Driving while under the influence of alcohol or "drunk driving" is strictly prohibited by the criminal statutes of the Commonwealth of Pennsylvania. A person convicted of "drunk driving" may be sentenced to prison for up to five (5) years. Other penalties, including operator license suspension, out patient and in patient treatment, and the requirement for a motor vehicle interlock device may also be imposed depending on the number of prior convictions, the amount of alcohol in the blood, whether there was an automobile collision and whether someone was injured or killed. Much has been written about the criminal penalties for drunk driving and it seems that the publicity and discussion stops there.
What of the civil liability that might be imposed on a drunk driver who, while under the influence, causes a collision resulting in injury or death to an innocent person? What of the civil liability for the tavern owner when an employee has served alcohol to a visibly intoxicated person or to a minor who is unlawfully obtaining alcohol at the establishment? What of the civil liability for the individual, commonly known as the social host, who provides alcohol to a visibly intoxicated guest or a minor?
The drunk driver who causes injury or death is subject to civil liability for the pain, suffering, inconvenience, medical expenses and wage loss which the negligent act has caused and, in addition, may be subject to punitive damages, which are damages designed to punish one’s outrageous conduct. Although the drunk driver’s automobile insurance carrier may provide protection, that protection may be insufficient to compensate the injured party. However, the insurance contract will not protect against punitive damages. In addition, a victim of a motor vehicle collision with a drunk driver who has elected limited tort which, in this writer’s opinion is a serious mistake, will be treated as if full tort had been elected.
Although Pennsylvania courts have long recognized that a liquor licensee (tavern owner) may be liable for injuries or death cause by an intoxicated driver who was served alcoholic beverages while visibly intoxicated, the courts have yet to recognize social host liability for a similar event. In other words, the homeowner who serves alcohol to a visibly intoxicated person will not be held liable, at least at this point in time, for the injuries caused by the intoxicated person. Pennsylvania courts have recognized social host liability when an adult social host provides alcoholic beverages to a minor, particularly if that minor is visibly intoxicated. The courts have yet to extend this social host liability when the social host is a minor who has provided alcohol to another minor.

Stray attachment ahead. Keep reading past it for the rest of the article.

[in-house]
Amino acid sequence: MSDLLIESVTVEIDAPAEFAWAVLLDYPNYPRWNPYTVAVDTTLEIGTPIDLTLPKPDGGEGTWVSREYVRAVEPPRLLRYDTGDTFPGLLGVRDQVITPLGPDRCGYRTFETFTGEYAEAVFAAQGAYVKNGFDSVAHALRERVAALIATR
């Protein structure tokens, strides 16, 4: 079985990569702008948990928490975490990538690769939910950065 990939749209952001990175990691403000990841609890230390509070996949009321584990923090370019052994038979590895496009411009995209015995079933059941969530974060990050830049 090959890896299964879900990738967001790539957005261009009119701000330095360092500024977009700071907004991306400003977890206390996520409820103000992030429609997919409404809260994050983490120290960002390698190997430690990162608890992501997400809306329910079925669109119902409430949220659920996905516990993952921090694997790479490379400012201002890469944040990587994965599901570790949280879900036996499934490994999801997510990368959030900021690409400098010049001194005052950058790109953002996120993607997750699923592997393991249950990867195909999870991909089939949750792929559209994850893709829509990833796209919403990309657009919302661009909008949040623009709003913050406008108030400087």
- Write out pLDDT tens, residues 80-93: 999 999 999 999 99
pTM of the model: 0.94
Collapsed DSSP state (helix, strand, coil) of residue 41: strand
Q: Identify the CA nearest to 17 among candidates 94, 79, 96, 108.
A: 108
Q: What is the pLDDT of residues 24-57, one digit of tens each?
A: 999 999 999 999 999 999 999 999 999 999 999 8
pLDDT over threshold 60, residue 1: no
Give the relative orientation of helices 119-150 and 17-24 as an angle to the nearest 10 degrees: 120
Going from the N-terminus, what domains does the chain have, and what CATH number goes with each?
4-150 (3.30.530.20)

Whether the legislature will, in an effort to bring greater restraint and responsibility to the social host, adopt legislation which will impose additional liability on the social host remains to be seen. However, it is likely that these issues will be revisited by Pennsylvania’s Appellate Courts and, as in other states, the Appellate Courts may extend the social host liability to the intoxicated guest as well as the minor guest.
The message is clear to the driver, do not drive drunk for you not only risk prison but also complete financial disaster; to the social host, do not provide alcohol to minors or to an intoxicated person; and, of course, to the tavern owner, do not permit a minor to obtain alcohol in your establishment and never serve the intoxicated patron. A further word of advice to the tavern owner, purchase liquor liability insurance as it may be impractical to constantly police the patrons being served at your establishment.
James T. Davis, Esquire